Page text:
Macmillan: Veni, Veni, Emmanuel
The percussion concerto Veni, Veni Emmanuel was crucial in making James MacMillan’s reputation 20 years ago, and this is Colin Currie’s second recording of it. With the composer himself conducting, it clocks in two minutes longer than Currie’s previous version, and a full four minutes slower than Evelyn Glennie’s premiere recording.
That is significant: MacMillan’s is a strikingly expansive view of his own piece, textures lightened, with a feeling of chamber music-making in many places. There’s more lilt and playfulness to the syncopated rhythms in the ‘hocketing’ section, and a numinous, disembodied quality to the hovering string plainsong in the slow central section. It’s an absorbingly spiritual rendition, and I prefer it to its more explicitly virtuosic predecessors.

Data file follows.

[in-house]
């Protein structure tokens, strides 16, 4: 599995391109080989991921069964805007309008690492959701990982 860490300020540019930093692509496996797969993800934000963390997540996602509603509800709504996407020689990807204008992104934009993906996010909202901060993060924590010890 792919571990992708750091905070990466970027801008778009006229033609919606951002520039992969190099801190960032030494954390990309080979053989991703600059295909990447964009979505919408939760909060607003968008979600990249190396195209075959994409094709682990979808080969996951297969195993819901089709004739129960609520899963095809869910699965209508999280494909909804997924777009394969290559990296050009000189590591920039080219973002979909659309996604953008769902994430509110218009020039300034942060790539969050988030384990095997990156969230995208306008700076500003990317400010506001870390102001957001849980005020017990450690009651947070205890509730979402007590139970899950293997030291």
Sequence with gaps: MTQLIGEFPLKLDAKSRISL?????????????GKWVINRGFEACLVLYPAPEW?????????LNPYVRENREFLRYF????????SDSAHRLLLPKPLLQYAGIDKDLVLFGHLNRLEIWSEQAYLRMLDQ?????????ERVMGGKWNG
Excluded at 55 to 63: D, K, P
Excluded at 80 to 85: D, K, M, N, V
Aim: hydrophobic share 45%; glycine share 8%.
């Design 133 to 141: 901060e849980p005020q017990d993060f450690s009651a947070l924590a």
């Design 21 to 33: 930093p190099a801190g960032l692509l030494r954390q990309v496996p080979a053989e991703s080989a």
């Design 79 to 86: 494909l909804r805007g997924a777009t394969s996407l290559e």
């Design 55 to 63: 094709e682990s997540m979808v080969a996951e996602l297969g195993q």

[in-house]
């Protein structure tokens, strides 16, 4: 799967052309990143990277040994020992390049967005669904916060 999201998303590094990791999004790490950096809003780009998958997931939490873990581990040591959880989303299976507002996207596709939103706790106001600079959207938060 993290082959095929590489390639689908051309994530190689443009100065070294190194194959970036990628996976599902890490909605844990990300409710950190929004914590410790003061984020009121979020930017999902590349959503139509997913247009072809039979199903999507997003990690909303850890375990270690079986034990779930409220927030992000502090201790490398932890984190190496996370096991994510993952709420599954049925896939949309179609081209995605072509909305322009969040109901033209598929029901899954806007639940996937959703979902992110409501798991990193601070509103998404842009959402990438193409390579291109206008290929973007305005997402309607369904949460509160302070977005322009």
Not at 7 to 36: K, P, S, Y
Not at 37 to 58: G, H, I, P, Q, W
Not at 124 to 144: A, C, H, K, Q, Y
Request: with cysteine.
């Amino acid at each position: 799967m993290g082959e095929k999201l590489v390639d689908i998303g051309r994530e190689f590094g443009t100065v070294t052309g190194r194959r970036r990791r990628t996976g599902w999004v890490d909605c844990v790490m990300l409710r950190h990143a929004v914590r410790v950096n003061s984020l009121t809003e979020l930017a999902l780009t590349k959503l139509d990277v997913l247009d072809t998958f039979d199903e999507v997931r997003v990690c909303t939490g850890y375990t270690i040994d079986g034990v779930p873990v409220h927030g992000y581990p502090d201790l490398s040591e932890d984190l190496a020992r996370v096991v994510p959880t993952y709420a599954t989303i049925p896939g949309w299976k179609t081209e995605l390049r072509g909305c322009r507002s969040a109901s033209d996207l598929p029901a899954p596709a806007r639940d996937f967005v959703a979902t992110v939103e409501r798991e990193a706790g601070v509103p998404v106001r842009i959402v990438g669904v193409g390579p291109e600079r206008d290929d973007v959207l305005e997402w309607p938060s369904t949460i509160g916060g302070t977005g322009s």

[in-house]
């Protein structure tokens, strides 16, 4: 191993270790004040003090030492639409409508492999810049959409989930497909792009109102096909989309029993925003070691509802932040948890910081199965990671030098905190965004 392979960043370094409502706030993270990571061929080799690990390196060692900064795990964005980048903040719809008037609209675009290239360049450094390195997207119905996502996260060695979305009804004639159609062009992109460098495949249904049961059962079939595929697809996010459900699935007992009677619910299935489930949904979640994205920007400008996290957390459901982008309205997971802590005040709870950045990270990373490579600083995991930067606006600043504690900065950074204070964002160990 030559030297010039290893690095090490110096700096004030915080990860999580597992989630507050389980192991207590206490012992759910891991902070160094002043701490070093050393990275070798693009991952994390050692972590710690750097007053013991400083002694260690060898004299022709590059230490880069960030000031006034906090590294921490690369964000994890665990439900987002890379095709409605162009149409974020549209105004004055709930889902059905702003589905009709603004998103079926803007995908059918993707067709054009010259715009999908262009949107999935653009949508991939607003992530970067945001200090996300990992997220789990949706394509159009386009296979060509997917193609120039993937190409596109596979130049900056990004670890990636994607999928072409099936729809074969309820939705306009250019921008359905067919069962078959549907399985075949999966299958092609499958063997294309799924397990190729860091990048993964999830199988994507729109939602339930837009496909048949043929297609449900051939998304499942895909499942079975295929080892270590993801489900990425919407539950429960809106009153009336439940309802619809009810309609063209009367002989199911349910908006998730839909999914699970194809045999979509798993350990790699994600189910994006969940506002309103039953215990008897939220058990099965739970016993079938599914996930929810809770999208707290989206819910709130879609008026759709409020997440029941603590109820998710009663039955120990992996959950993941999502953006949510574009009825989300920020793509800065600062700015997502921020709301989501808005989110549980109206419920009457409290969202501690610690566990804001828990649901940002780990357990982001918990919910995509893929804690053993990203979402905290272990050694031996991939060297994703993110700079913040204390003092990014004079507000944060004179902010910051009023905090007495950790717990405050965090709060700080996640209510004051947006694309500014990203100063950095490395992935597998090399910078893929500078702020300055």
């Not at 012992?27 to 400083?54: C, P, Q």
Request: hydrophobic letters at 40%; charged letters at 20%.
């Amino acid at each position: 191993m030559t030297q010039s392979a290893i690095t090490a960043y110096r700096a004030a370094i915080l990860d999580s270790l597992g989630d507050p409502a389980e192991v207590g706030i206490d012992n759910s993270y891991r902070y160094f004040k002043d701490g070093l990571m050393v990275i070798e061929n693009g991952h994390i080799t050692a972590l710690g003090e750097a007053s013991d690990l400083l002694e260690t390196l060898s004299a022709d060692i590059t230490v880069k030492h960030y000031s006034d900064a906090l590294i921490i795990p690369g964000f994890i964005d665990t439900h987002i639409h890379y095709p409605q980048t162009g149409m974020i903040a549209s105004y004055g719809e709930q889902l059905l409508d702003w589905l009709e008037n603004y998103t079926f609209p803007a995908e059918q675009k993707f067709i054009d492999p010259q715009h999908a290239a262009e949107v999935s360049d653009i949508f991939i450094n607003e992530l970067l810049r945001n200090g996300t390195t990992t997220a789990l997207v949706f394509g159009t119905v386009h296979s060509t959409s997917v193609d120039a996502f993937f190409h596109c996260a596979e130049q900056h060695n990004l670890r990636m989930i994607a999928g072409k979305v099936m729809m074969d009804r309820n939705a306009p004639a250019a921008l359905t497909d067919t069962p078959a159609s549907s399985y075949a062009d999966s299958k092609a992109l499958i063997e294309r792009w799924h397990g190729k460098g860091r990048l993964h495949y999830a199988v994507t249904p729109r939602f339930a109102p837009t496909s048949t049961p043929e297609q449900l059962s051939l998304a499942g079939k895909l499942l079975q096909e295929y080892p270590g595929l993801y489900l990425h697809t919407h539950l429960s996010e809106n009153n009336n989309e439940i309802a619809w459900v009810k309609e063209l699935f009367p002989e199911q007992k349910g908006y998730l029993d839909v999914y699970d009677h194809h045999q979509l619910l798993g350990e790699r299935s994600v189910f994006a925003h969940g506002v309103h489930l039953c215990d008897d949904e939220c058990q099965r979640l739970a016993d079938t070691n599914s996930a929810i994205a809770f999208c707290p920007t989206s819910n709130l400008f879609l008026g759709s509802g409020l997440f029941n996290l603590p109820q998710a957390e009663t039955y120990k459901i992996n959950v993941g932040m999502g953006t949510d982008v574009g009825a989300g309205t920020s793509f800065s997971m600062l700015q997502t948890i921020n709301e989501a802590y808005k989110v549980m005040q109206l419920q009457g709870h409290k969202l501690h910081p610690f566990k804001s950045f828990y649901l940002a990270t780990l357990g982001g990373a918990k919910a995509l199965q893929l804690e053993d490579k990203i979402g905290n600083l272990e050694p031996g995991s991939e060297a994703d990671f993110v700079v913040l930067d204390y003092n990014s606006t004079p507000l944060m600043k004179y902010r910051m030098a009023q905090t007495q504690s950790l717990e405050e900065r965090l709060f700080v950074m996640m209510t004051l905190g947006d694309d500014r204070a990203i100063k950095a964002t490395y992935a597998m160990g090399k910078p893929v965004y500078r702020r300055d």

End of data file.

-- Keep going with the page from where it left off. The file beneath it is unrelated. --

Í (A Meditation on Iona) also features percussion, with string accompaniment, including solos for violin and viola. A slicing, combative solo violin is central to A Deep but Dazzling Darkness, a meditation on what MacMillan calls ‘the mysterious connections between compassion and music’. The wind and brass-writing in Veni, Veni stretches the Netherlands players to the limit, but they show conviction.